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I Am Still A Firefighter

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A month ago I was a friend, an uncle, a coworker, a member of my community.

Now I am none of these.

But I am still a firefighter.

I paid my taxes, shopped for groceries, and bought toys to ship to my nieces and nephews.

Now I do none of these.

But I am still a firefighter.

I took continuing education, trained with my team, passed exams and physicals so I might survive in time of danger.

Now danger is never-ending. 

But I am still a firefighter.

I cleaned and polished equipment, patched and repacked, checked everything I might use thrice over.

Now it all lies back in the station gathering dust.

But I am still a firefighter.

I laughed with my comrades, wept with those who lost, and held back survivors from rescues they could not make.

Now I am alone.

But I am still a firefighter.

I spoke to schoolchildren and housewives and businessmen about fire safety and taught them what to do should disaster strike.

Now there is no one to teach.

But I am still a firefighter.

I responded to orders from phone calls, from radio dispatches, to sirens that told of doom.

Now there are no dispatcher or sirens to tell me where to go.

But I am still a firefighter.

I have no orders but my own, none to answer to but my own conscience, nothing to look to but a worn flag atop a creaking pole, a pledge known since my childhood, and a motto on a plate of tarnished brass on the brick building I was forced to leave behind: "TO HONORABLY SERVE AND GALLANTLY SAVE".

But I am still a firefighter.


Now each building that I come upon has fallen ill of late,

But within might be an innocent that I am bound to save,

Someone to finally rescue from a horrifying fate;

And I still stand for the duty that requires I be brave.

There's no one left to give me marks or punch my timeclock late,

Yet I'll do my job unfailingly until I meet me grave -



The dirty-faced figure contemplated the sprawling hospital behind the chain link fence as he leaned on the long ash handle of the sledgehammer. Without lights he could only just make out the vaguest hints of figures moving with slumped, inhuman gaits behind the second-story windows - far too many of them. For all that he'd faced, this was worse than the worst fire which must burn itself out eventually for want of fuel. This black flame burned without end until it was extinguished little bit by little bit. Even putting out the smallest part of it was a challenge for Hercules.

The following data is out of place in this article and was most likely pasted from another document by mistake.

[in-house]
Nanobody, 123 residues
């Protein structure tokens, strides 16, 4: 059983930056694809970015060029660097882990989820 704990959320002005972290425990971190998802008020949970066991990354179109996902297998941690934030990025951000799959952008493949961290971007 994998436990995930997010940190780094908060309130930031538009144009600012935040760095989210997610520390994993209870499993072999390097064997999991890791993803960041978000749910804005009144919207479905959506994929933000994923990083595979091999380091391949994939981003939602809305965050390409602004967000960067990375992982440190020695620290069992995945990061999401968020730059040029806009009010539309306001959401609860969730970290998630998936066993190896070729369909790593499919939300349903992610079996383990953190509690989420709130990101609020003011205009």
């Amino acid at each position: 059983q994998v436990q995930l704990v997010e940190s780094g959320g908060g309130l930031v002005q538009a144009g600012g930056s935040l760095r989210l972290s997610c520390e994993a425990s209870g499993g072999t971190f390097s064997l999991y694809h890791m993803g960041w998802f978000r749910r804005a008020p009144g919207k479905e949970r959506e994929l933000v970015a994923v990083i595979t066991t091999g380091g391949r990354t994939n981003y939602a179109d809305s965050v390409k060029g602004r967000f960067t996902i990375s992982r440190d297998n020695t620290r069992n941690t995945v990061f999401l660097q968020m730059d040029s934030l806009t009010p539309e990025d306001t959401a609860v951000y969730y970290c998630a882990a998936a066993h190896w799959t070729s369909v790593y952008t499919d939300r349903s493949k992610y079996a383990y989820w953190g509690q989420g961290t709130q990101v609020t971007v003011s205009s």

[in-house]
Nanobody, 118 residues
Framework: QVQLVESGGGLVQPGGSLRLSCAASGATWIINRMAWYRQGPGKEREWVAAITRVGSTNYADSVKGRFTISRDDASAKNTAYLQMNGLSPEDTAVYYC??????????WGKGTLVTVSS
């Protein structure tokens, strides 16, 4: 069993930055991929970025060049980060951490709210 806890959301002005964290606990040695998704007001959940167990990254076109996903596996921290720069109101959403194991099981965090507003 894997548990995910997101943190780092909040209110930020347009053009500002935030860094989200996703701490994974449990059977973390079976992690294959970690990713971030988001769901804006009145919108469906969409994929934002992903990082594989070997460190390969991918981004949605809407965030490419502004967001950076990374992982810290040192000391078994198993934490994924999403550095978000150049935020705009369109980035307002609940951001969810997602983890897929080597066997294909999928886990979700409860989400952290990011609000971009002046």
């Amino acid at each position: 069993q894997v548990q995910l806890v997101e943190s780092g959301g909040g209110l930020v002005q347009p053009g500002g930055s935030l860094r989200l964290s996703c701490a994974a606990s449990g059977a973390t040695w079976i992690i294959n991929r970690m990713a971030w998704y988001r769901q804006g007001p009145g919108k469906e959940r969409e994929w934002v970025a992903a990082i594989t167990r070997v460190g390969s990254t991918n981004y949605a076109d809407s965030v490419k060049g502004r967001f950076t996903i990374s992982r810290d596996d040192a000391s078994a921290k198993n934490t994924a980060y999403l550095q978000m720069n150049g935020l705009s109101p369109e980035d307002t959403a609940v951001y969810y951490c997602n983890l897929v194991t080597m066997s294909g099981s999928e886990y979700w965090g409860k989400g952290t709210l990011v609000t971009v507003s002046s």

Behind him a faint shuffling sound grew louder, suddenly accompanied by a horrid gurgling. He paid it no heed for a moment, then suddenly spun his body around like a top, the weighty metal head of the sledgehammer connecting with the head of the aberration and sending it crumbling into a heap with a mighty crunch and a spray of crimson. 


Giving the twitching body no more heed than a man swatting a fly he turned back toward the building and tried to remember its layout. Not all news was bad; while their numbers were easily in the hundreds inside the building, the long tows of olive-drab army cots in front lay deserted and the four tents appeared empty. Dozens of massive wooden crates littered what had been the parking lot. There was medicine and shelter, there was a sturdy fence once he patched the hole. Then He could build a a wooden staircase with a rope hanging off one end - for while the black flame could spread, it could not climb and he could.


At length he laid the mighty hammer on the ground, flipping down the plexiglass visor on the helmet he still wore and reaching behind his back to draw a gleaming red axe with "Sanguine" scratched on its blade with the ease of a man long used to carrying a blade. Resolutely he strode toward the parking garages whose doors stood open, imagining a doctor or nurse cowering in some cramped corner hoping for rescue.


"That fire won't put itself out,"

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